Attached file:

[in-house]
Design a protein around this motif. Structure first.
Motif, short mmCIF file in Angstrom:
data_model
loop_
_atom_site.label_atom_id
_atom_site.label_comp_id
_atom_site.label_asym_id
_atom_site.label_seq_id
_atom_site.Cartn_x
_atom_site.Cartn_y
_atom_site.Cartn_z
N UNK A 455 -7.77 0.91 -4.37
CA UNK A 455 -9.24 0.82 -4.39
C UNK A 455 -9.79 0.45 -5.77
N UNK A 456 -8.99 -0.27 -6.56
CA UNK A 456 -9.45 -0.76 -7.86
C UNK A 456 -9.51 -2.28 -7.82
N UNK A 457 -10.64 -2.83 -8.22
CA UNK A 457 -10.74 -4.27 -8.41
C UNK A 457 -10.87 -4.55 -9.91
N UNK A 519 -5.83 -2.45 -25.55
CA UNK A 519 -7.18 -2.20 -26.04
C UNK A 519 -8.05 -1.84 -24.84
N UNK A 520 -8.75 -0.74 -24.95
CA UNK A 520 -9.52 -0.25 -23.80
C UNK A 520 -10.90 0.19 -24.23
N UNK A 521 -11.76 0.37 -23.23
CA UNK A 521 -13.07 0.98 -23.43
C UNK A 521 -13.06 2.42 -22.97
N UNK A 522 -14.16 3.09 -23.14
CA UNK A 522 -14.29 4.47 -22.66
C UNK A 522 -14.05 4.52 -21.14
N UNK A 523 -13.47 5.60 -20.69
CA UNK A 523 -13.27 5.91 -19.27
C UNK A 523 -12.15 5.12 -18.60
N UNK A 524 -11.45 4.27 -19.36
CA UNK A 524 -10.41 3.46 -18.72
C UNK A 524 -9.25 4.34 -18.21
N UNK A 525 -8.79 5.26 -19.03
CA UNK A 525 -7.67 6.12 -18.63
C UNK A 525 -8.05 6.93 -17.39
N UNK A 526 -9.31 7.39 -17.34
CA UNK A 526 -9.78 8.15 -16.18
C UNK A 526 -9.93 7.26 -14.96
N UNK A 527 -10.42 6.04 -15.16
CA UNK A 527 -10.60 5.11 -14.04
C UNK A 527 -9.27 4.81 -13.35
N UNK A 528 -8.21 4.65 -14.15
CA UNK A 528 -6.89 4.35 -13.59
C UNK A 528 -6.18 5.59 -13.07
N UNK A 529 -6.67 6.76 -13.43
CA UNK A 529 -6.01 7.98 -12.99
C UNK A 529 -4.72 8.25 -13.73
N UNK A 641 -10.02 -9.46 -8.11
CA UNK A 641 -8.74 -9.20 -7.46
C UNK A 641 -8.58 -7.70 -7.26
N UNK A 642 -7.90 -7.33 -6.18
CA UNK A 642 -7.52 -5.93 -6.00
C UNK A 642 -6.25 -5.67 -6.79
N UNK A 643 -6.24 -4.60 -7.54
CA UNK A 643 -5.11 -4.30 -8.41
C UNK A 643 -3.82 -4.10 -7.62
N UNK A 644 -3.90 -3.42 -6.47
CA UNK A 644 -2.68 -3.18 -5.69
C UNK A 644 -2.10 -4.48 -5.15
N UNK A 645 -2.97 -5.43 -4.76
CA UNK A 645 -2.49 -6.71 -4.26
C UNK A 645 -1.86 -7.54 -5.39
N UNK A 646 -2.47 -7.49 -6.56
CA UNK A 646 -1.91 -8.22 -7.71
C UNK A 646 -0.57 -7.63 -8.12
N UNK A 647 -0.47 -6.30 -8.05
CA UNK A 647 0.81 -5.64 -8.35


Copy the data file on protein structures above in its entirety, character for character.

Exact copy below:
[in-house]
Design a protein around this motif. Structure first.
Motif, short mmCIF file in Angstrom:
data_model
loop_
_atom_site.label_atom_id
_atom_site.label_comp_id
_atom_site.label_asym_id
_atom_site.label_seq_id
_atom_site.Cartn_x
_atom_site.Cartn_y
_atom_site.Cartn_z
N UNK A 455 -7.77 0.91 -4.37
CA UNK A 455 -9.24 0.82 -4.39
C UNK A 455 -9.79 0.45 -5.77
N UNK A 456 -8.99 -0.27 -6.56
CA UNK A 456 -9.45 -0.76 -7.86
C UNK A 456 -9.51 -2.28 -7.82
N UNK A 457 -10.64 -2.83 -8.22
CA UNK A 457 -10.74 -4.27 -8.41
C UNK A 457 -10.87 -4.55 -9.91
N UNK A 519 -5.83 -2.45 -25.55
CA UNK A 519 -7.18 -2.20 -26.04
C UNK A 519 -8.05 -1.84 -24.84
N UNK A 520 -8.75 -0.74 -24.95
CA UNK A 520 -9.52 -0.25 -23.80
C UNK A 520 -10.90 0.19 -24.23
N UNK A 521 -11.76 0.37 -23.23
CA UNK A 521 -13.07 0.98 -23.43
C UNK A 521 -13.06 2.42 -22.97
N UNK A 522 -14.16 3.09 -23.14
CA UNK A 522 -14.29 4.47 -22.66
C UNK A 522 -14.05 4.52 -21.14
N UNK A 523 -13.47 5.60 -20.69
CA UNK A 523 -13.27 5.91 -19.27
C UNK A 523 -12.15 5.12 -18.60
N UNK A 524 -11.45 4.27 -19.36
CA UNK A 524 -10.41 3.46 -18.72
C UNK A 524 -9.25 4.34 -18.21
N UNK A 525 -8.79 5.26 -19.03
CA UNK A 525 -7.67 6.12 -18.63
C UNK A 525 -8.05 6.93 -17.39
N UNK A 526 -9.31 7.39 -17.34
CA UNK A 526 -9.78 8.15 -16.18
C UNK A 526 -9.93 7.26 -14.96
N UNK A 527 -10.42 6.04 -15.16
CA UNK A 527 -10.60 5.11 -14.04
C UNK A 527 -9.27 4.81 -13.35
N UNK A 528 -8.21 4.65 -14.15
CA UNK A 528 -6.89 4.35 -13.59
C UNK A 528 -6.18 5.59 -13.07
N UNK A 529 -6.67 6.76 -13.43
CA UNK A 529 -6.01 7.98 -12.99
C UNK A 529 -4.72 8.25 -13.73
N UNK A 641 -10.02 -9.46 -8.11
CA UNK A 641 -8.74 -9.20 -7.46
C UNK A 641 -8.58 -7.70 -7.26
N UNK A 642 -7.90 -7.33 -6.18
CA UNK A 642 -7.52 -5.93 -6.00
C UNK A 642 -6.25 -5.67 -6.79
N UNK A 643 -6.24 -4.60 -7.54
CA UNK A 643 -5.11 -4.30 -8.41
C UNK A 643 -3.82 -4.10 -7.62
N UNK A 644 -3.90 -3.42 -6.47
CA UNK A 644 -2.68 -3.18 -5.69
C UNK A 644 -2.10 -4.48 -5.15
N UNK A 645 -2.97 -5.43 -4.76
CA UNK A 645 -2.49 -6.71 -4.26
C UNK A 645 -1.86 -7.54 -5.39
N UNK A 646 -2.47 -7.49 -6.56
CA UNK A 646 -1.91 -8.22 -7.71
C UNK A 646 -0.57 -7.63 -8.12
N UNK A 647 -0.47 -6.30 -8.05
CA UNK A 647 0.81 -5.64 -8.35